Well, that's it. FOMC Chair Jerome Powell and his band of merry men and women just brought an end to the "Longest Bull Market in History." Technically, that run will not end until the S&P 500 hits 2,345 -- down 20% from the all-time closing high of 2,930.75 it reached on September 20 -- but the S&P's recent plunge to 2,500 has been definitive. It's over. It was fun while it lasted, but now it is time to play defense.
Remember, though, playing defense is very different than leaving the stadium altogether. I am not advocating the strategies espoused by the parade of idiots who fill my email inbox with investing come-ons designed to spread fear. I am not talking about any conspiracy theories, nor am I advocating that you follow the strategies espoused by the crackpots who spread them. The world is not ending, and I don't believe the global economy is even heading for a normal recession. But it is clearly slowing, and against that backdrop stocks just do not offer enough risk-adjusted return to justify not owning bonds. That represents a complete reversal -- linguistically and strategically -- of the situation that prevailed for the past eight years.
So, don't dump all your stocks, don't grasp for "hard" assets like gold (which is also down significantly in today's post-Fed trading,) just show some common sense. If your portfolio has been entirely composed of stocks you should change that. Today. Buy some bonds and go towards a classic asset mix. I will not bore you with the academic arguments surrounding optimal portfolio construction, but I believe it is too late in the cycle -- and the Fed is too hawkish -- for a classic 60/40 stock/bond asset allocation.
At Portfolio Guru, LLC I have had my clients completely out of the S&P 500 for months now, but I can't tell you how many potential client portfolios I have looked at in the past six months that were entirely composed of U.S-listed stocks. That dog will not hunt anymore. Like Al Bundy did with footwear, I would like to put your assets in something comfortable and yet classy, so let's go with a mix of 40% stocks and 60% bonds.
What to sell? Well, that's where the taxman comes in. Santa Powell did not deliver this year, so if you have losers in your portfolio, start there. According to Bespoke Research, 55% of S&P 500 stocks have fallen at least 20% from their 2018 highs and 44% are down at least 25%. While it is a given that every person who approaches me at cocktail party will have bought Amazon (AMZN) at $180, Apple (AAPL) at $60, etc., in the real world it is likely that you have some capital losses to harvest for tax reasons. Do it!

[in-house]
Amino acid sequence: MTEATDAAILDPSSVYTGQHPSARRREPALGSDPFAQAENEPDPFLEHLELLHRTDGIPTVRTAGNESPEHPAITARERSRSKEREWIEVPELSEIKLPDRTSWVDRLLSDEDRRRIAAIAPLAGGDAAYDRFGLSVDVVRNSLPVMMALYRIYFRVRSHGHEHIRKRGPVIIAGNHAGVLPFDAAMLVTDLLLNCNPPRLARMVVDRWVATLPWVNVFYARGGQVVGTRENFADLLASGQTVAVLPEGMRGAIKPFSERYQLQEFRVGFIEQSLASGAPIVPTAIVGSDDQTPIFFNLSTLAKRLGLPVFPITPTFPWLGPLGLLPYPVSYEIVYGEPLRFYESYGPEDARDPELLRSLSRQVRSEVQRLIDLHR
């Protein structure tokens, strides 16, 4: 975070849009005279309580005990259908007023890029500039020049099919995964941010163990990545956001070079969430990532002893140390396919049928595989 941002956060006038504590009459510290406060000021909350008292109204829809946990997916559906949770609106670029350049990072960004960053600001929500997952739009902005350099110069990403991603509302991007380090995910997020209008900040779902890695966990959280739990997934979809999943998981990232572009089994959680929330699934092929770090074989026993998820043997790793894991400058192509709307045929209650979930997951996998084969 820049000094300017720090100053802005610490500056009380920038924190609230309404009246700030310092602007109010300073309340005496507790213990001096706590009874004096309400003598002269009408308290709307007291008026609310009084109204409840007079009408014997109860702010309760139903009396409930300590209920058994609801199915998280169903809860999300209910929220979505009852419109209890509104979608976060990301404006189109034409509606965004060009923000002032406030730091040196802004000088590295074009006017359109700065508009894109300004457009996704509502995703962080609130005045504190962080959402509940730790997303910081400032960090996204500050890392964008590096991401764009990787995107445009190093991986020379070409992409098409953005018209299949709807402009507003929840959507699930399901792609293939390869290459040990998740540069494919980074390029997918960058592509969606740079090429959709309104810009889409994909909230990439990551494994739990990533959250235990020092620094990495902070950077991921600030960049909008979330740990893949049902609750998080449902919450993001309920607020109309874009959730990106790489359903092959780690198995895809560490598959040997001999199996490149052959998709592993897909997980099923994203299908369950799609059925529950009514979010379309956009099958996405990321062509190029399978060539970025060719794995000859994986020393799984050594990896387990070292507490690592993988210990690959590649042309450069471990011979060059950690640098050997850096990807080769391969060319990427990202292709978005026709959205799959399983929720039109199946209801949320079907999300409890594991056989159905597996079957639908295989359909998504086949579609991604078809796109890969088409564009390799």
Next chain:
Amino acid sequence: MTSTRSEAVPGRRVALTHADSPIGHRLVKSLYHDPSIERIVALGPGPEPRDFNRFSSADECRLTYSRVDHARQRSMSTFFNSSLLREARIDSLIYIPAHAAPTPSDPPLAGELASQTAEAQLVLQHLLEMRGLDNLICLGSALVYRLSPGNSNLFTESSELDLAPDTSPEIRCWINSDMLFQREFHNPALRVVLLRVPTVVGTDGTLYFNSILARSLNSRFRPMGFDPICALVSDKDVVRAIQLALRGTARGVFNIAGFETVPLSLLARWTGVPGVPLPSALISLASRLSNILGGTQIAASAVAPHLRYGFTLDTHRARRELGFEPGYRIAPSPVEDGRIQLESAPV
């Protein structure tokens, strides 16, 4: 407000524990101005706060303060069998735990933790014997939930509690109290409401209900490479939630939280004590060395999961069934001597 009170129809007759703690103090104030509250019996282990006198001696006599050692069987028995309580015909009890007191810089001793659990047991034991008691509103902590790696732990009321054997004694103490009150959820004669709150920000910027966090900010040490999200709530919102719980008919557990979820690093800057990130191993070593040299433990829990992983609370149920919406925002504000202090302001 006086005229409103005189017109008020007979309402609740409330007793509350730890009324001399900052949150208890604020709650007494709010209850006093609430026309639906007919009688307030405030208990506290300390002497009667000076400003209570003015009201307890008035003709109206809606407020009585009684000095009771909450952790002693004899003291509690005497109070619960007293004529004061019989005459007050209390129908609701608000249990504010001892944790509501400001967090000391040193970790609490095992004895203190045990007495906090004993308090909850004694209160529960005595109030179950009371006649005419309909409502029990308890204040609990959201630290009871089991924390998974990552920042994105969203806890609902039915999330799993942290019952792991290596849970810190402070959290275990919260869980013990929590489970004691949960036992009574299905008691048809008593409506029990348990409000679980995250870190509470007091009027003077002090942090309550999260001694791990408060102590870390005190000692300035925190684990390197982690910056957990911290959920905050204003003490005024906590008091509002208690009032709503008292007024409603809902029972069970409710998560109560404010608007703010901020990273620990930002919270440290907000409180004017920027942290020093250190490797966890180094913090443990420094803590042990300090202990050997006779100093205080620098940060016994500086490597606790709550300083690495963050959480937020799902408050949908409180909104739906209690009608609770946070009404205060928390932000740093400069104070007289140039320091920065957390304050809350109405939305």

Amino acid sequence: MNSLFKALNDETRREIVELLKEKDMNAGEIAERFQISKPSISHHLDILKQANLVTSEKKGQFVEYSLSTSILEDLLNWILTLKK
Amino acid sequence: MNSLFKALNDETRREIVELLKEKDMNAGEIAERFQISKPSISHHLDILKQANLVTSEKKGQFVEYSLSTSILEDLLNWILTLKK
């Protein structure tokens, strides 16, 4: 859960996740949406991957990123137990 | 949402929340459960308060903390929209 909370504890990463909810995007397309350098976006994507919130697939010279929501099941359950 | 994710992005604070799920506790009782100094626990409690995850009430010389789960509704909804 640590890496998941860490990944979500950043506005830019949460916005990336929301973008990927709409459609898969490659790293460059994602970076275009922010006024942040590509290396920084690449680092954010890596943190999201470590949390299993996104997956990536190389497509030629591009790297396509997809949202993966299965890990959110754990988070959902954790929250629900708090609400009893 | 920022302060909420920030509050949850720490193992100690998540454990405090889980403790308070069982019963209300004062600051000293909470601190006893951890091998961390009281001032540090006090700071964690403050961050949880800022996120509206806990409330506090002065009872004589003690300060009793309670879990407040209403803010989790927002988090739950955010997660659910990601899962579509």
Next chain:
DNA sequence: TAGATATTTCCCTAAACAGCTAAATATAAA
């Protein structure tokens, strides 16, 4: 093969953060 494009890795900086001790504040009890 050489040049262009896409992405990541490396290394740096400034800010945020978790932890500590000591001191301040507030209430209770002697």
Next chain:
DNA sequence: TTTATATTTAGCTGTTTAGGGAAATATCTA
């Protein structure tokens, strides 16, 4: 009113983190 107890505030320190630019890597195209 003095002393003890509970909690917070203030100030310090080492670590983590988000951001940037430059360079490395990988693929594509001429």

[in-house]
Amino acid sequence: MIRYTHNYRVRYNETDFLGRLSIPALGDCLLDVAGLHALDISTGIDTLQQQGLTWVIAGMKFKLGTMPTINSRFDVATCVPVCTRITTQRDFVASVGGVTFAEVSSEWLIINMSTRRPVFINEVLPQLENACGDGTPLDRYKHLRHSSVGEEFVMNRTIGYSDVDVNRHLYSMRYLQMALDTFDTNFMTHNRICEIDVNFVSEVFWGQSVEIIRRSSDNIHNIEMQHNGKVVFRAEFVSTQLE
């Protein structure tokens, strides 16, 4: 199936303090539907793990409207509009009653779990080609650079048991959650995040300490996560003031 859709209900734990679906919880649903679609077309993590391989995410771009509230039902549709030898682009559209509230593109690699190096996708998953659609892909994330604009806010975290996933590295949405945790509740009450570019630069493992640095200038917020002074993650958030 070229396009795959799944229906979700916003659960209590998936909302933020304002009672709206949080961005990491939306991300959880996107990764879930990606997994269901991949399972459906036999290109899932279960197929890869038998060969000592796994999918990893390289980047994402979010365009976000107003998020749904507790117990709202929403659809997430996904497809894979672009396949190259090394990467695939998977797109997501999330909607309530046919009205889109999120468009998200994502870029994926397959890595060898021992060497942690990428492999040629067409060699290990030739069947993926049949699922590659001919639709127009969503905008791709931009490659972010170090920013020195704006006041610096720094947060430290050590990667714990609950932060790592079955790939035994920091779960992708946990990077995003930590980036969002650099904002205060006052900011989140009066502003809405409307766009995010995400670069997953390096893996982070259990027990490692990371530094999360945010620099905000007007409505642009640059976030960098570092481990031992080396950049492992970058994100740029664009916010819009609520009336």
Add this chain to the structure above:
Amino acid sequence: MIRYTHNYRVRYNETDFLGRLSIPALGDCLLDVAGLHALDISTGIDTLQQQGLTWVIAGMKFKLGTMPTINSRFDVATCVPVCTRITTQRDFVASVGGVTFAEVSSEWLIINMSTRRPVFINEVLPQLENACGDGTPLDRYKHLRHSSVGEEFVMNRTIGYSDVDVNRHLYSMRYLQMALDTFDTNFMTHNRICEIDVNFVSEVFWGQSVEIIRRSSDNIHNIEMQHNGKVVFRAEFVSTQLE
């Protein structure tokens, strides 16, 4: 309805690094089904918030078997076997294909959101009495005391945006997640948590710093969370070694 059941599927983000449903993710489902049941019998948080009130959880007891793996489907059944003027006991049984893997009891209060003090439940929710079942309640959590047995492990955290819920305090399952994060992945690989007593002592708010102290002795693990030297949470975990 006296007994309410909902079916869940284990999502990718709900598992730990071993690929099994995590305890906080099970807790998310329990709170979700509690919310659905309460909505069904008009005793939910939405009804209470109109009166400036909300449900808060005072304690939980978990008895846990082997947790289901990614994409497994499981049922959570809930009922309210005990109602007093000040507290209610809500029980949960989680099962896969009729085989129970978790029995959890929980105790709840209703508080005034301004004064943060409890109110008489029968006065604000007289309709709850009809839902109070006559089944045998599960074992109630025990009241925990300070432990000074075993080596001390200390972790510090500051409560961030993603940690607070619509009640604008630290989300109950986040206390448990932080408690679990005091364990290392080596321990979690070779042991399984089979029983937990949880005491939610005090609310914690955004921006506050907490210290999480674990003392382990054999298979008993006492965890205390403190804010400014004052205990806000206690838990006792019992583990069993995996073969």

In terms of sectors, financials are the least attractive at this moment, as the yield curve has flattened dramatically today and is now threatening to invert. You might assume some of the classic defensive sectors--food, pharma, consumer products--will offer protection against a bear market, but J&J's (JNJ) move this week shows that is no panacea. Other supposedly defensive names like Kraft Heinz (KHC) and AT&T (T) have been absolute dumpster fires. Energy stocks are just absolutely despised as a group, so despite another report full of positive news on oil fundamentals from the EIA today, you need to--as I mentioned in my RM column Tuesday-- exercise discretion with your investments in oil and gas. Utilities and REITs have some appeal if interest rates continue to decline, as I believe they will.
But what of the market leaders? The so-called FAANGs--Facebook (FB) , Amazon, Apple, Netflix (NFLX) and Alphabet/Google (GOOGL) . While I do agree with Snoop Dogg that there ain't no party like a West Coast party 'cuz a West Coast party don't stop, I am firmly convinced that the party is over for the stocks of the West Coast tech titans. Watch levels here, because if AAPL breaks $160 and AMZN can't hold $1,500 there is massive downside for those two names. Facebook is just completely univestable owing to its seemingly unending stream of revelations of data privacy issues and Alphabet's Google has similar difficulties. At least those four stocks have strong balance sheets, though. I believe debt- and content liability-laden Netflix could drop at least 50% from today's levels, and I have to mention Tesla (TSLA) here as another tech titan with a lousy balance sheet and a valuation that is at least 50% too high, by my calculations.
Fed days are always eventful, but if you listen to the markets you will take risk off the table--and out of your portfolio--heading onto 2019.